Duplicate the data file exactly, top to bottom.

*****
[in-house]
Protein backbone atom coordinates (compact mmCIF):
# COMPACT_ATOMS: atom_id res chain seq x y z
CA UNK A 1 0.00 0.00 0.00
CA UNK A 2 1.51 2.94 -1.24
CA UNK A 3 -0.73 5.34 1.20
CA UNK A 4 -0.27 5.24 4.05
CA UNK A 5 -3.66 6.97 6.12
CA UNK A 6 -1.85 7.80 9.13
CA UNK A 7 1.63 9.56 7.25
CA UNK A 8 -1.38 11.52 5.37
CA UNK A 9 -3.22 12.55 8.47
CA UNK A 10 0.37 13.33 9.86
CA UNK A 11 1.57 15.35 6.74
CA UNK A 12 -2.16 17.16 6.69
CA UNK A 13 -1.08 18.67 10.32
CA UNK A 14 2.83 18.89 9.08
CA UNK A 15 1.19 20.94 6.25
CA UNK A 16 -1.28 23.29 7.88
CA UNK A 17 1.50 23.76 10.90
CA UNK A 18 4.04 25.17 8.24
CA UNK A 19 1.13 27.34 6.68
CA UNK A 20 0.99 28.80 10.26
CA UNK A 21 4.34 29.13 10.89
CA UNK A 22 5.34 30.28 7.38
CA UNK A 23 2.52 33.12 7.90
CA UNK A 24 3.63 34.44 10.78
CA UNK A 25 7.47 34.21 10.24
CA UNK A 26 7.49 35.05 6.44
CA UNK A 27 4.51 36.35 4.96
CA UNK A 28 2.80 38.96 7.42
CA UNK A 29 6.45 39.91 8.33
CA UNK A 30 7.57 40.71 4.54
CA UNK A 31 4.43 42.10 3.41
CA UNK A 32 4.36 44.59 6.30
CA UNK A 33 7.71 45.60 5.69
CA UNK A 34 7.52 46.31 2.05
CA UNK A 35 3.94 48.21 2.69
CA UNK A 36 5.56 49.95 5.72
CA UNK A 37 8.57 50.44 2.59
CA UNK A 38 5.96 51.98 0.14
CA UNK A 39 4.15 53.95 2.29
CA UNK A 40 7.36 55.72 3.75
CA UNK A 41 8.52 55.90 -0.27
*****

[in-house]
Protein backbone atom coordinates (compact mmCIF):
# COMPACT_ATOMS: atom_id res chain seq x y z
CA UNK A 1 0.00 0.00 0.00
CA UNK A 2 1.51 2.94 -1.24
CA UNK A 3 -0.73 5.34 1.20
CA UNK A 4 -0.27 5.24 4.05
CA UNK A 5 -3.66 6.97 6.12
CA UNK A 6 -1.85 7.80 9.13
CA UNK A 7 1.63 9.56 7.25
CA UNK A 8 -1.38 11.52 5.37
CA UNK A 9 -3.22 12.55 8.47
CA UNK A 10 0.37 13.33 9.86
CA UNK A 11 1.57 15.35 6.74
CA UNK A 12 -2.16 17.16 6.69
CA UNK A 13 -1.08 18.67 10.32
CA UNK A 14 2.83 18.89 9.08
CA UNK A 15 1.19 20.94 6.25
CA UNK A 16 -1.28 23.29 7.88
CA UNK A 17 1.50 23.76 10.90
CA UNK A 18 4.04 25.17 8.24
CA UNK A 19 1.13 27.34 6.68
CA UNK A 20 0.99 28.80 10.26
CA UNK A 21 4.34 29.13 10.89
CA UNK A 22 5.34 30.28 7.38
CA UNK A 23 2.52 33.12 7.90
CA UNK A 24 3.63 34.44 10.78
CA UNK A 25 7.47 34.21 10.24
CA UNK A 26 7.49 35.05 6.44
CA UNK A 27 4.51 36.35 4.96
CA UNK A 28 2.80 38.96 7.42
CA UNK A 29 6.45 39.91 8.33
CA UNK A 30 7.57 40.71 4.54
CA UNK A 31 4.43 42.10 3.41
CA UNK A 32 4.36 44.59 6.30
CA UNK A 33 7.71 45.60 5.69
CA UNK A 34 7.52 46.31 2.05
CA UNK A 35 3.94 48.21 2.69
CA UNK A 36 5.56 49.95 5.72
CA UNK A 37 8.57 50.44 2.59
CA UNK A 38 5.96 51.98 0.14
CA UNK A 39 4.15 53.95 2.29
CA UNK A 40 7.36 55.72 3.75
CA UNK A 41 8.52 55.90 -0.27